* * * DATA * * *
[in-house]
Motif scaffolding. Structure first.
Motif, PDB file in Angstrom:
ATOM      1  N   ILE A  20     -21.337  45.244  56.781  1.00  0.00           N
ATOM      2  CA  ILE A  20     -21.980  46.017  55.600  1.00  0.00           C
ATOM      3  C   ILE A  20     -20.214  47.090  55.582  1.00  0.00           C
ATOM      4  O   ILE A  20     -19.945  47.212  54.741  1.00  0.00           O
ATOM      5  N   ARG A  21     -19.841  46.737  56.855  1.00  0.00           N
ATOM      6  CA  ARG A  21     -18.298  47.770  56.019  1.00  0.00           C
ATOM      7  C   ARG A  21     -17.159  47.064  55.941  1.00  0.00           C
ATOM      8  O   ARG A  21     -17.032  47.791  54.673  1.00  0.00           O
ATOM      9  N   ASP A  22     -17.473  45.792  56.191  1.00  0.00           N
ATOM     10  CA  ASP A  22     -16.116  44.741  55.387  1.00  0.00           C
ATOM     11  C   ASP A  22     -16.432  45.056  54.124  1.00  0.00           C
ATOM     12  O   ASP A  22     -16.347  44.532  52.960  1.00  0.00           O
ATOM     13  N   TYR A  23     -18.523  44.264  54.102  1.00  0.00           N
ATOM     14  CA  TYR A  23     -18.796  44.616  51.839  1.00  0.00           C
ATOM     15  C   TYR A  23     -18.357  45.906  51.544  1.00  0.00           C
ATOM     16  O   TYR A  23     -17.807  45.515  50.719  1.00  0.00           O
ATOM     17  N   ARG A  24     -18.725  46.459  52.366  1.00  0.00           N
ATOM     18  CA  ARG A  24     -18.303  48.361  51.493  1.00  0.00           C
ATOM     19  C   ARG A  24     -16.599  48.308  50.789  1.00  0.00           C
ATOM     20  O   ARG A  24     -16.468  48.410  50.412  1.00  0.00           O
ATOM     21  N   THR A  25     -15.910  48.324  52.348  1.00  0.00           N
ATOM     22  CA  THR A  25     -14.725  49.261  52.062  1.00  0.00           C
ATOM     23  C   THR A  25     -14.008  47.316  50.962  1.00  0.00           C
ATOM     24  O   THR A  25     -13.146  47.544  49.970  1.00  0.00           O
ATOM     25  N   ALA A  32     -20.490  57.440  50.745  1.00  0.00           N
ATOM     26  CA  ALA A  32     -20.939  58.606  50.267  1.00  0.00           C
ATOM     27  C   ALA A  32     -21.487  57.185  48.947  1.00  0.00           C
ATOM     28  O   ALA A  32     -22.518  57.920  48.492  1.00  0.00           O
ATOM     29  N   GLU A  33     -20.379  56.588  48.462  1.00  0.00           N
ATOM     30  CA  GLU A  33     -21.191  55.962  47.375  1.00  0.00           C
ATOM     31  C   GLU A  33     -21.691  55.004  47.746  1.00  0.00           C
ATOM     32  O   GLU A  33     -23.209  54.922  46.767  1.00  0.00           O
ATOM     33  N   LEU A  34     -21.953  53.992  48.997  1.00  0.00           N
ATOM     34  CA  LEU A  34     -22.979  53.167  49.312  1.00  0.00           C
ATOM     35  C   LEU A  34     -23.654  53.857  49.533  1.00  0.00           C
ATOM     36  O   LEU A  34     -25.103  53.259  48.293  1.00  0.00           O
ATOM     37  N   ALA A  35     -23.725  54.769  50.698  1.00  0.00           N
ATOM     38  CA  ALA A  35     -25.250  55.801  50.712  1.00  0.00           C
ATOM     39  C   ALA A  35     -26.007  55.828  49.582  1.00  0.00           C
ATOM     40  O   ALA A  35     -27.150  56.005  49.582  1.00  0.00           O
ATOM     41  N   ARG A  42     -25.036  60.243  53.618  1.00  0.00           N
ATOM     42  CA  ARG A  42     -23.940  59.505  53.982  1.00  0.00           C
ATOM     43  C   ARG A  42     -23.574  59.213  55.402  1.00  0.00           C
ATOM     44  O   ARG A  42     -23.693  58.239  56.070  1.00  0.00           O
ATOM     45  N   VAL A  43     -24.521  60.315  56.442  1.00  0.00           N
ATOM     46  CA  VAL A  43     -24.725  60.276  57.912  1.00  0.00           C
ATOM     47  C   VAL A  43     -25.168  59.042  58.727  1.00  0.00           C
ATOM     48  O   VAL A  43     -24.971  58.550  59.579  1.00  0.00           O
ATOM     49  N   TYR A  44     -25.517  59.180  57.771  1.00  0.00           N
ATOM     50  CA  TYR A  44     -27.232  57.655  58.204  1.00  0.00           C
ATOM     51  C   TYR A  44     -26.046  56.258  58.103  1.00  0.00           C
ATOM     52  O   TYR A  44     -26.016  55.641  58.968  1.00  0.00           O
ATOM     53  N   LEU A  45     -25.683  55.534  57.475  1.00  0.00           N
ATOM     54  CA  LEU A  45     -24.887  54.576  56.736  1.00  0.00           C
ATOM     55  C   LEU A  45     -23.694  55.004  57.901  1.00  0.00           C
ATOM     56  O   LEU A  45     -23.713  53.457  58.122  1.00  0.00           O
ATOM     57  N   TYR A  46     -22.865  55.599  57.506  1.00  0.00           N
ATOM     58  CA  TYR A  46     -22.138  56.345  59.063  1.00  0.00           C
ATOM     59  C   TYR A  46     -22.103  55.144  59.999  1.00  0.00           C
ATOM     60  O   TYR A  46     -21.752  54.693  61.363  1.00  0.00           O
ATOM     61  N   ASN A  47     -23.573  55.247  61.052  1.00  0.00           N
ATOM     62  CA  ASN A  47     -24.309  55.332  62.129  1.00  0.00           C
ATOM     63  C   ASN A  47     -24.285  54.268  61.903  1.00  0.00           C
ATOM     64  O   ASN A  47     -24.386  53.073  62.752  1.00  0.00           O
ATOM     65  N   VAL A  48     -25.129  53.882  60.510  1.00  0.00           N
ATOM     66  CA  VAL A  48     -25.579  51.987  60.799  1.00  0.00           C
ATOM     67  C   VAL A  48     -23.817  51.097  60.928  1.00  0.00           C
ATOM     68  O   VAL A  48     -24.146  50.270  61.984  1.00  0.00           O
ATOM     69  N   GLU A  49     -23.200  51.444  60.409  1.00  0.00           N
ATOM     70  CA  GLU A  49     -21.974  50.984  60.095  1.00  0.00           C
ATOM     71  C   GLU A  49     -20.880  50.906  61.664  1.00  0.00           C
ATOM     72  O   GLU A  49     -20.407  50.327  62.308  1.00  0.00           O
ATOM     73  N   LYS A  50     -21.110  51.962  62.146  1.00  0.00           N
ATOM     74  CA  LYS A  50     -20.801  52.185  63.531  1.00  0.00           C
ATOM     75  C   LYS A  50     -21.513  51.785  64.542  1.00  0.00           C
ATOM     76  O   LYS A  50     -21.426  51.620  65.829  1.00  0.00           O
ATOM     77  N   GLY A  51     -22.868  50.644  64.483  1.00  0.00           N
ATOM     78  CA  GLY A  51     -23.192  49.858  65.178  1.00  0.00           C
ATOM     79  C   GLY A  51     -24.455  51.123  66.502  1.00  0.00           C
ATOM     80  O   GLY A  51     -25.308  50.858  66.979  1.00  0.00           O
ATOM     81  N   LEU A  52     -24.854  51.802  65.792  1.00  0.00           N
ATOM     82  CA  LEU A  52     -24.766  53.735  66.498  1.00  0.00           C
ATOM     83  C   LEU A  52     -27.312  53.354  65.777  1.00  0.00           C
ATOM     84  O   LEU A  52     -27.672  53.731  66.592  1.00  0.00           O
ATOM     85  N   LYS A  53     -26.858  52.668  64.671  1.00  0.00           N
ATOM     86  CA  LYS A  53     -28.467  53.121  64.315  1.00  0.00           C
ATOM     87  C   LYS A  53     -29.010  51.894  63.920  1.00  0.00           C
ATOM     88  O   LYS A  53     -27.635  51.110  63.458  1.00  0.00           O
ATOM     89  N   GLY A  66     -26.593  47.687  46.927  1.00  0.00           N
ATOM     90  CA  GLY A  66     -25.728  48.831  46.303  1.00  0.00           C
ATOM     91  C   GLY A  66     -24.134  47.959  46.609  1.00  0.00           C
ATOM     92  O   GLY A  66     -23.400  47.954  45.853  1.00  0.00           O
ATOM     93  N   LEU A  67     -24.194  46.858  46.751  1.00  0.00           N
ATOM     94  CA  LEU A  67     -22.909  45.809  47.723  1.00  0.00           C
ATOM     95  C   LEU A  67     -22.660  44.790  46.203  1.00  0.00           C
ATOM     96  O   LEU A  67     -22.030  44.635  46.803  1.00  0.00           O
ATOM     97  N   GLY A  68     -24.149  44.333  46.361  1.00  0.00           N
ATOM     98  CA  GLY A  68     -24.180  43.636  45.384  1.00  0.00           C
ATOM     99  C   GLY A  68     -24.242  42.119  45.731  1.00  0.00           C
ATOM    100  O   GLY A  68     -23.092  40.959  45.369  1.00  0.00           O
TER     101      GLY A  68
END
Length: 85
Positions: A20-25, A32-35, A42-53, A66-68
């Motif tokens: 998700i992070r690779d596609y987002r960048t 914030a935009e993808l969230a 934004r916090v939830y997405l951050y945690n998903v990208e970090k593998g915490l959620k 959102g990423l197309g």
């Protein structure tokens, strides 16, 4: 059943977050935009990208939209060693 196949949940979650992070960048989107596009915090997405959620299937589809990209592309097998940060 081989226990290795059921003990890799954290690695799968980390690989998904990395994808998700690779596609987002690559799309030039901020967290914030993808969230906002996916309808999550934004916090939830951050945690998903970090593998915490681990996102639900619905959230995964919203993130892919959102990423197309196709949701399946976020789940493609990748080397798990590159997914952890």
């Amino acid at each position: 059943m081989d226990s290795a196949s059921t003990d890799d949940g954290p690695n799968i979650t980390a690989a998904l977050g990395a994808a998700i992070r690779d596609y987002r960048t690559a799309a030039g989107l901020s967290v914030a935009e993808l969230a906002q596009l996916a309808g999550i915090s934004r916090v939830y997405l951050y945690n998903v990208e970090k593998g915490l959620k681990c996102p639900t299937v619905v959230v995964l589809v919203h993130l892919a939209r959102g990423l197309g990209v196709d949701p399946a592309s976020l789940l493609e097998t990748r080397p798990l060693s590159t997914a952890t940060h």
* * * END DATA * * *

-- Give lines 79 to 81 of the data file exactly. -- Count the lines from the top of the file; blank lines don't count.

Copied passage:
ATOM     76  O   LYS A  50     -21.426  51.620  65.829  1.00  0.00           O
ATOM     77  N   GLY A  51     -22.868  50.644  64.483  1.00  0.00           N
ATOM     78  CA  GLY A  51     -23.192  49.858  65.178  1.00  0.00           C